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Ingersoll v. Phelps

United States District Court, S.D. Illinois

February 7, 2017

JACOB LEE INGERSOLL, #R-60318, Plaintiff,
v.
DAVID B. PHELPS and UNKNOWN CORRECTIONAL OFFICER, Defendants.

          MEMORANDUM AND ORDER

          NANCY J. ROSENSTENGEL United States District Judge

         Plaintiff Jacob Ingersoll, an inmate who is currently incarcerated at Sheridan Correctional Center, brings this action pursuant to 42 U.S.C. § 1983 against Officer David Phelps (internal affairs officer) and Officer John/Jane Doe (unknown correctional officer) for violating his constitutional rights at Menard Correctional Center in 2015. (Doc. 1). According to the Complaint, Officer Doe allowed two masked inmates to enter Plaintiff's cell at Menard and attack him on April 17, 2015. (Doc. 1, p. 5). Officer Phelps investigated the assault but ultimately took disciplinary action against Plaintiff. Id. In addition to the assault, Plaintiff endured 30 days in administrative segregation, 90 days in disciplinary segregation, and a delayed prison transfer. Id. During this same time period, he was denied access to mental health services at the prison. Id. Plaintiff now seeks monetary damages against Officers Doe and Phelps for violating Plaintiff's rights under the Eighth and Fourteenth Amendments. (Doc. 1, p. 6).

         This case is now before the Court for a preliminary review of the Complaint (Doc. 1) pursuant to 28 U.S.C. § 1915A, which provides:

(a) Screening - The court shall review, before docketing, if feasible or, in any event, as soon as practicable after docketing, a complaint in a civil action in which a prisoner seeks redress from a governmental entity or officer or employee of a governmental entity.
(b) Grounds for Dismissal - On review, the court shall identify cognizable claims or dismiss the complaint, or any portion of the complaint, if the complaint-
(1) is frivolous, malicious, or fails to state a claim on which relief may be granted; or
(2) seeks monetary relief from a defendant who is immune from such relief.

         An action or claim is frivolous if “it lacks an arguable basis either in law or in fact.” Neitzke v. Williams, 490 U.S. 319, 325 (1989). Frivolousness is an objective standard that refers to a claim that any reasonable person would find meritless. Lee v. Clinton, 209 F.3d 1025, 1026-27 (7th Cir. 2000). An action fails to state a claim upon which relief can be granted if it does not plead “enough facts to state a claim to relief that is plausible on its face.” Bell Atlantic Corp. v. Twombly, 550 U.S. 544, 570 (2007). The claim of entitlement to relief must cross “the line between possibility and plausibility.” Id. at 557. At this juncture, the factual allegations in the pro se complaint are to be liberally construed. See Rodriguez v. Plymouth Ambulance Serv., 577 F.3d 816, 821 (7th Cir. 2009).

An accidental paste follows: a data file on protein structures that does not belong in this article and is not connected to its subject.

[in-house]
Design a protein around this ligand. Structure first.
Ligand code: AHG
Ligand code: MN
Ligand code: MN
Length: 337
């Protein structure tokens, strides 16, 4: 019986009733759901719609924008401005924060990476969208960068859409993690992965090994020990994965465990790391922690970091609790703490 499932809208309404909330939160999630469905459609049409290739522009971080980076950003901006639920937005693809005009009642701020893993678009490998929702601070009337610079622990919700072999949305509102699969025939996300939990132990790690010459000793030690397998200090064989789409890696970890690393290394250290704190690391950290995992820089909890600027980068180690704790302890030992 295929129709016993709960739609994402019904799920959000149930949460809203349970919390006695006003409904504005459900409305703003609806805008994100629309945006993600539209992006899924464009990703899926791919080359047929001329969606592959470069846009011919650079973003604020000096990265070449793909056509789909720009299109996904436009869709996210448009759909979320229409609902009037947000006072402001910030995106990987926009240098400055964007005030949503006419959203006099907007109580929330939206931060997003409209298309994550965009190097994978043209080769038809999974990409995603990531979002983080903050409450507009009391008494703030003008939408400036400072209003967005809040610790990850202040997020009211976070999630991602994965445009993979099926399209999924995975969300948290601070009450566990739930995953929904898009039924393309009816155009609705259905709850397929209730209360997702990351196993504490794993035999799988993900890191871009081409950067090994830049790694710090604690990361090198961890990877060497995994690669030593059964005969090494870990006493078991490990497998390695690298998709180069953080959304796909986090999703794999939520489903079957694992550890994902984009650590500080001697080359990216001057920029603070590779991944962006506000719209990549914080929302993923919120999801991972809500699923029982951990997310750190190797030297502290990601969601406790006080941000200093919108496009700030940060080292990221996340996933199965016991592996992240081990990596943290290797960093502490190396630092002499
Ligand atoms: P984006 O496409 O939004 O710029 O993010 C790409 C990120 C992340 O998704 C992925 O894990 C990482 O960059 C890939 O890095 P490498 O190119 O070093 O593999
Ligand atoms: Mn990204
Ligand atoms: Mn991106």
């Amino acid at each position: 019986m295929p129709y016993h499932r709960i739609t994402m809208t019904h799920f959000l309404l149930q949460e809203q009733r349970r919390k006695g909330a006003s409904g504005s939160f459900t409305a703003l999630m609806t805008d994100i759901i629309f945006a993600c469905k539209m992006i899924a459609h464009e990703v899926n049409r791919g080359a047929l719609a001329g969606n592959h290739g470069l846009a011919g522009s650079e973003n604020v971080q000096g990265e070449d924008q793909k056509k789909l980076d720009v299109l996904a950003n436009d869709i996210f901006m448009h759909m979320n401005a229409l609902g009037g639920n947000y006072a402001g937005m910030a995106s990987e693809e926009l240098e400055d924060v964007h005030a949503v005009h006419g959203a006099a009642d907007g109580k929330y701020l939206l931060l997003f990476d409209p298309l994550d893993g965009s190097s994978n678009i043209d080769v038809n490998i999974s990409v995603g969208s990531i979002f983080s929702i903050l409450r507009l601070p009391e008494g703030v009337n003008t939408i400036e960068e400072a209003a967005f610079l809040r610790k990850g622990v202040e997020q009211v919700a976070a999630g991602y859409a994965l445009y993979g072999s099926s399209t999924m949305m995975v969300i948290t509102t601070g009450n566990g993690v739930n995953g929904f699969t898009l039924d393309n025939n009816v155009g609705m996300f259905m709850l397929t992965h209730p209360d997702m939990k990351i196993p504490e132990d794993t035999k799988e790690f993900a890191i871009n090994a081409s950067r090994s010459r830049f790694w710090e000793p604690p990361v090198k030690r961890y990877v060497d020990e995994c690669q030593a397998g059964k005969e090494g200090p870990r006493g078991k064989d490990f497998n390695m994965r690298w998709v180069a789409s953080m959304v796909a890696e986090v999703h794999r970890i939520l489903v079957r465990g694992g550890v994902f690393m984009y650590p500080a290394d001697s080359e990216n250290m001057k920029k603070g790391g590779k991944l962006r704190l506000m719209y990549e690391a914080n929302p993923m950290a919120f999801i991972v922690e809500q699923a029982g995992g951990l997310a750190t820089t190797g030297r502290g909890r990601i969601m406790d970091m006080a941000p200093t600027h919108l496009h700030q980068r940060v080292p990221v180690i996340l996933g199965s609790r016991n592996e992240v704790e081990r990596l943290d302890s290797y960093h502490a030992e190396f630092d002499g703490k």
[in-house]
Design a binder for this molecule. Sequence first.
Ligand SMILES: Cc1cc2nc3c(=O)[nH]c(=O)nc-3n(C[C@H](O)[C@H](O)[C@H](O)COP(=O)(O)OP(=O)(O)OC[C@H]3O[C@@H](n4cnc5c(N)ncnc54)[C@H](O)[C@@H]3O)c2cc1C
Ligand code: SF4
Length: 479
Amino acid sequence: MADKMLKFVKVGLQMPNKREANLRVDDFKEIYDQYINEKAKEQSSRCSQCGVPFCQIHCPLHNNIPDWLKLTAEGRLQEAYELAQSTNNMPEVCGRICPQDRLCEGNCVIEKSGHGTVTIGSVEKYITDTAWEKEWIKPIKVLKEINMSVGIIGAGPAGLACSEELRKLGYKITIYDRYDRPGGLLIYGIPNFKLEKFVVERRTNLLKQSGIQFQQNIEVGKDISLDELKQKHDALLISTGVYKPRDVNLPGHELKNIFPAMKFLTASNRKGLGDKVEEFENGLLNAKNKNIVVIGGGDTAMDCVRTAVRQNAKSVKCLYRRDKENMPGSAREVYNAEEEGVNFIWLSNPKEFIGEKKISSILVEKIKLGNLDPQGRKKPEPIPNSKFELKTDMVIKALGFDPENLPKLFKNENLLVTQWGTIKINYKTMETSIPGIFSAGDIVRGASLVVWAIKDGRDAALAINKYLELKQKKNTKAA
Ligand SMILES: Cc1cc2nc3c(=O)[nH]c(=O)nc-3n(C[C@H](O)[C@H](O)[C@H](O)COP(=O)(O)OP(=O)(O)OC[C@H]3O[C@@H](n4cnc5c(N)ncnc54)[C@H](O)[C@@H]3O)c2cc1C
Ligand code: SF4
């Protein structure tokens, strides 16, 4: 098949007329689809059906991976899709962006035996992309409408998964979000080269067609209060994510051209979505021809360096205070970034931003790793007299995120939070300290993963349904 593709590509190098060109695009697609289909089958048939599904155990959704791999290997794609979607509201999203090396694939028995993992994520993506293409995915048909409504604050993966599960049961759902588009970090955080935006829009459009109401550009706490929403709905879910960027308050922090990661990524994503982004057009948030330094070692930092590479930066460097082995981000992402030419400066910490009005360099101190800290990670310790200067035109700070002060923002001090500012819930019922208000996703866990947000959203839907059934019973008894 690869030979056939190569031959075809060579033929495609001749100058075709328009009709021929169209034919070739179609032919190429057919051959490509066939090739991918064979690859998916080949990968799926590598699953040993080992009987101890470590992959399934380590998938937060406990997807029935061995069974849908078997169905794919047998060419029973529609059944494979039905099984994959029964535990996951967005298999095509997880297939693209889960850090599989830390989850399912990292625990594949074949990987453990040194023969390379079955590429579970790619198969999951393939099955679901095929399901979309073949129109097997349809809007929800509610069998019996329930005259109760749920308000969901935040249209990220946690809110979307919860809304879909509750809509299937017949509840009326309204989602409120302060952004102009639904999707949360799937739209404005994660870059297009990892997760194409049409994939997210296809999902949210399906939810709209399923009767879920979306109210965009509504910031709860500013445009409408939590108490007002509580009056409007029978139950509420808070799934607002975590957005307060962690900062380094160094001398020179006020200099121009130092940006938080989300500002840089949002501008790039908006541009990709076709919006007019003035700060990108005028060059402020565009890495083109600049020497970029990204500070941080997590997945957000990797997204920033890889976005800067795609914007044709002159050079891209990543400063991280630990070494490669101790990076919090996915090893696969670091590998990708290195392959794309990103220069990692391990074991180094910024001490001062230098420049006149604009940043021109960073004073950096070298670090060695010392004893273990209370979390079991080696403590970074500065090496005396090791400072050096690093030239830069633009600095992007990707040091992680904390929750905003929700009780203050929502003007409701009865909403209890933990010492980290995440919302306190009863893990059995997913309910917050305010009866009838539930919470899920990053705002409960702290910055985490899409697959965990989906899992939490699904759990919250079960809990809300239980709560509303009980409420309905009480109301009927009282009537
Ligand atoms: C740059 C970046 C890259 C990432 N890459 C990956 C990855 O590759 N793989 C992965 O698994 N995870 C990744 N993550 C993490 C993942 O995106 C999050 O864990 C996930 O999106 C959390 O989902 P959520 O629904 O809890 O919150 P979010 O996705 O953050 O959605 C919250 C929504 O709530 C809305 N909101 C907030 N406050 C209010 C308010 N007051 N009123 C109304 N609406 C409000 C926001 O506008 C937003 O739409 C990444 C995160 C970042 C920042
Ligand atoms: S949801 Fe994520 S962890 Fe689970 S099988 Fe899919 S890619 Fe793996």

The Complaint

         On April 17, 2015, an unknown officer at Menard (“Officer Doe”) allowed two masked inmates to enter Plaintiff's cell and assault him. (Doc. 1, p. 5). The inmates beat Plaintiff until he nearly lost consciousness. Id. He sustained severe head injuries during the attack. Id. Plaintiff was immediately taken to Menard's Health Care Unit (“HCU”) for treatment and photographs of his injuries. Id. He remained there until he recovered, and he complains of no lingering injuries. Id.

         While in the HCU, Officer Phelps interviewed Plaintiff about the assault. (Doc. 1, p. 5). Plaintiff was then placed in administrative segregation on investigative status for 30 days, while Officer Phelps continued to investigate the matter. Id. During several interviews with Plaintiff, Officer Phelps suggested that Plaintiff was involved in prison tattoo work and that a dispute over this work resulted in his attack. Id. Plaintiff denied any involvement in tattoo work. Id.

         Officer Phelps nevertheless issued Plaintiff a disciplinary ticket for undisclosed rule violations. (Doc. 1, p. 5). Plaintiff was found guilty of the violations and punished with 90 days in disciplinary segregation. Id. His transfer to Sheridan was also “terminated”[1] as part of his punishment. Id.

         During the four months he spent in segregation, Plaintiff was denied access to mental health professionals at the prison. (Doc. 1, p. 5). He filed several grievances to complain about this deprivation, but those grievances were either destroyed or disappeared. Id.

         Plaintiff now claims that the conduct of Officers Doe and Phelps violated his right to be free from cruel and unusual punishment under the Eighth Amendment and his due process rights under the Fourteenth Amendment. (Doc. 1, p. 5). Plaintiff seeks monetary relief against these individuals. (Doc. 1, p. 6).

         Discussion

         To facilitate the orderly management of future proceedings in this case, and in accordance with the objectives of Federal Rules of Civil Procedure 8(e) and 10(b), the Court has organized the claims in Plaintiff's pro se Complaint into the following enumerated counts:

Count 1 - Eighth Amendment claim against Officer Doe for failing to protect Plaintiff from the inmate attack that occurred on April 17, 2015.
Count 2 - Fourteenth Amendment claim against Officer Phelps for depriving Plaintiff of a protected liberty interest without due process of law by issuing him a false disciplinary ticket that resulted in his punishment with segregation and a delayed prison transfer.
Count 3 - Eighth Amendment claim against both defendants for denying Plaintiff mental health treatment during his four ...

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